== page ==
Shatashloki can be roughly divided into eight parts. First five parts prove atman to be different from the five sheaths. Sixth part deals with the Karma theory of the
Vedantins, the unreality of the universe is established in the seventh, and finally the Jivanmukti is detailed in the eighth. All these topics are dealt with great
sublimity and ease, and are proved logically with sufficient illustrations, vedic quotations, and experience.
We are obliged to the authorites of the Saraswati Bhavan who allowed us to copy the manuscript of the tika from the manuscripts under their custody.
‘Shatashloki’ with Shri Anandagiri’s commentary forms a part of the Vol. I of Advaita Grantharatna Manjusha series begun by H.H. Swami Shri Maheshanda Giriji Maharaj
Maha Mandaleshwar and Pontiff of Sri Dakshinamurti Peetha of Varanasi.
“Shatashloki” of Shri Shankara Bhagvatpada is printed for the first time with the commentary of Shri Anandagiri. Unlike the brief word-to-word commentary published by
the Mysore Govt. Oriental MSS Library in the early years of this century, the present commentary is vivid, analytical and precise. It quotes all the relevant vedic
texts which form the basis of Shatashloki and interprets them according to Byashyas of Sayana and others. The Upanishadic texts quoted here are from the Brihadaranyaka
and Isha vasya of Madhyandina recension, and are not interpreted according to Shri Shankara Acharya’s Bhashyas which are on the Kanva recension. The comments are based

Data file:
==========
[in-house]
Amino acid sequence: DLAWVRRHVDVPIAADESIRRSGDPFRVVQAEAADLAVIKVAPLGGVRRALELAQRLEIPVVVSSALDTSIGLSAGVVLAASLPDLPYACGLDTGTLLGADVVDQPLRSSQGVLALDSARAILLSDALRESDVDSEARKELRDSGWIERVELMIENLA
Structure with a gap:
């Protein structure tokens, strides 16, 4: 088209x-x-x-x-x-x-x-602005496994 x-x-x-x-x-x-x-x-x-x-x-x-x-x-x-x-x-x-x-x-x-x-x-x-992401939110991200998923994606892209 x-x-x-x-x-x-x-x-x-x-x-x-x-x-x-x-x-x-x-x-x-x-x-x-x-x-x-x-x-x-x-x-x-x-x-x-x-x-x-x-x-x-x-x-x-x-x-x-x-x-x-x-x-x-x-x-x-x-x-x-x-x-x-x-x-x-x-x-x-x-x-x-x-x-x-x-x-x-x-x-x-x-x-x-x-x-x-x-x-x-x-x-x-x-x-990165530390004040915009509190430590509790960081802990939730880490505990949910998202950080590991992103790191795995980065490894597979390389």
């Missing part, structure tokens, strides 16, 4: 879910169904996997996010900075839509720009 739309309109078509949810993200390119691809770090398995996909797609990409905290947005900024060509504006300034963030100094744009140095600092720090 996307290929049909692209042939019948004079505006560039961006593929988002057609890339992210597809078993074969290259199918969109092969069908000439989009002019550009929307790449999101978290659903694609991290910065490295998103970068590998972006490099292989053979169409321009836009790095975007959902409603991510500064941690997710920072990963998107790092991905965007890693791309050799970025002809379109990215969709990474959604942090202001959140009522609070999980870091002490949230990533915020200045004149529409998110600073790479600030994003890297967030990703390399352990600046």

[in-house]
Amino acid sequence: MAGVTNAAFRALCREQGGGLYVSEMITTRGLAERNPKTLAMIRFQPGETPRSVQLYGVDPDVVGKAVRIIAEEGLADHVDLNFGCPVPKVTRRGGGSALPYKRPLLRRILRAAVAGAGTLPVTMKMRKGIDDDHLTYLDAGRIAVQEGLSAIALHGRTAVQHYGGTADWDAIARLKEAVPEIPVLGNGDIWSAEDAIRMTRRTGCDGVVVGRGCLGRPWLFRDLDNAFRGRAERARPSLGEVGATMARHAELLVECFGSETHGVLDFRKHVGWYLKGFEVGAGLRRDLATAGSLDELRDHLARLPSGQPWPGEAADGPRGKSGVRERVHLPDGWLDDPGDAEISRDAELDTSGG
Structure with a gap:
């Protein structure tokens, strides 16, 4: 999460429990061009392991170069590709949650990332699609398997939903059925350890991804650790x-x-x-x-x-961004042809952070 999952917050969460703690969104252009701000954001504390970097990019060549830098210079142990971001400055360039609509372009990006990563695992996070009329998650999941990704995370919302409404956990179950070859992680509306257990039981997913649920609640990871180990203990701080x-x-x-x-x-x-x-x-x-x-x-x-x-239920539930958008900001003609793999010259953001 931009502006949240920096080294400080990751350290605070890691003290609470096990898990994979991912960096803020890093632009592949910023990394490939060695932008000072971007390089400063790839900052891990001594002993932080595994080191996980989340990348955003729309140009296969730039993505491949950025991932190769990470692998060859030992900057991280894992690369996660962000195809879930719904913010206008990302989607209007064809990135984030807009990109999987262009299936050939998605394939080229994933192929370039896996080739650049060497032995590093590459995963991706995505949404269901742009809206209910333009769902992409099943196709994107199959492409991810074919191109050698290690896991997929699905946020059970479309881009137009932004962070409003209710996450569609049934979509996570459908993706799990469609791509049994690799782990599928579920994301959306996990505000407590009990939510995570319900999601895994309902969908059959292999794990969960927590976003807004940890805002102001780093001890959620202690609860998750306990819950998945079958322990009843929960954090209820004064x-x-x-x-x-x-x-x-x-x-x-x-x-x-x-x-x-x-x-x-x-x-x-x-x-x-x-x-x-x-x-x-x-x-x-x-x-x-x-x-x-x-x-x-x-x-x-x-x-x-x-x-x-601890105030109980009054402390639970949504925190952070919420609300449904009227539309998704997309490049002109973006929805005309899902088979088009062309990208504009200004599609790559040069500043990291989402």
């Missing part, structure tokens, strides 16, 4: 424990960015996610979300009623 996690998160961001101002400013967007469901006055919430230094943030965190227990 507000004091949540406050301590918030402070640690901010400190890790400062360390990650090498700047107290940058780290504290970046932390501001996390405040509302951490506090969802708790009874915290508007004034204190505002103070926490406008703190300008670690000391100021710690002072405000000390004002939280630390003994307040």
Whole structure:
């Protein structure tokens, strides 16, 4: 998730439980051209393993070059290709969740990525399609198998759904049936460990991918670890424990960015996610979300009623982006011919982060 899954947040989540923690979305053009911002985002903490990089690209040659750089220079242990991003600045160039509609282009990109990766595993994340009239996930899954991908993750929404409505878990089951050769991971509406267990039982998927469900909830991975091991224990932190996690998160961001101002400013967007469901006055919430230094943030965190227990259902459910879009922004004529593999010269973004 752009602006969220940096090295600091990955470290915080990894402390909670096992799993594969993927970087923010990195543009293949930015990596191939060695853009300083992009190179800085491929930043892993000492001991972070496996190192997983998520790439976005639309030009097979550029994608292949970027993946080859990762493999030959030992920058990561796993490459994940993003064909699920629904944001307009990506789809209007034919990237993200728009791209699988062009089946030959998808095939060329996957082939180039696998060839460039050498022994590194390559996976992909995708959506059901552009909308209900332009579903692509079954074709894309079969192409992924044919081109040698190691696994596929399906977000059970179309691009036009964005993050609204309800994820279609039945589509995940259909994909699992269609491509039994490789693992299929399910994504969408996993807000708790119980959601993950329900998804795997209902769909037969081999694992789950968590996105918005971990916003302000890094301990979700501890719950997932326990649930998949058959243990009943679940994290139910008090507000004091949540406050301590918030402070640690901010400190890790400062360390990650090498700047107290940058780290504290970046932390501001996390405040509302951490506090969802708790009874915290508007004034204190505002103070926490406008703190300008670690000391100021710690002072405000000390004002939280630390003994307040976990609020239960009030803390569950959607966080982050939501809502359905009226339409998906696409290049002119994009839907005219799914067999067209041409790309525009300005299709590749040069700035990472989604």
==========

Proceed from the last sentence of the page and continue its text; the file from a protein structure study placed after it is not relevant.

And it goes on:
on yet unidentified source. They are faithful to the Advaitic tradition, though differing in interpretation. In only one place the author quotes from Shankara and
Sureswara. The colophon at the end of the commentary reads “by Anandagiri the pupil of Shuddhananda Pujypada”. Now the question arises whether Shri Anandagiri, the
celebrated commentator of almost all the works of Shri Shankara and Sureshwara, wrote this work? If so why did he ignore Shri Shankara’s interpretations of these Sruti
texts in preference to some other interpretation. The only plausible explanation can be that of Shakhabheda. But since the difference is nominal and Shri Sureshwara
has practically considered all the Madhyandina variations, the commentator will be expected to refer to them rather than an unknown source. Moreover, the date of Shri
Anandagiri is held to be the first quarter of the 14th century, and that of Sayana Madhava, the author of Vedabhashyas, as the last quarter of the 14th century. Hence
Shri Anandagiri who lived earlier could not have quoted from the Bhashyas of a later author. But since these dates are approximate and there is not too large a gap
between, the matter can not be clinched.
Under these circumstances we are led to doubt whether Shri Anandagiri and annotator of Shatashloki, may not be different from the famous Anandagiri who annotated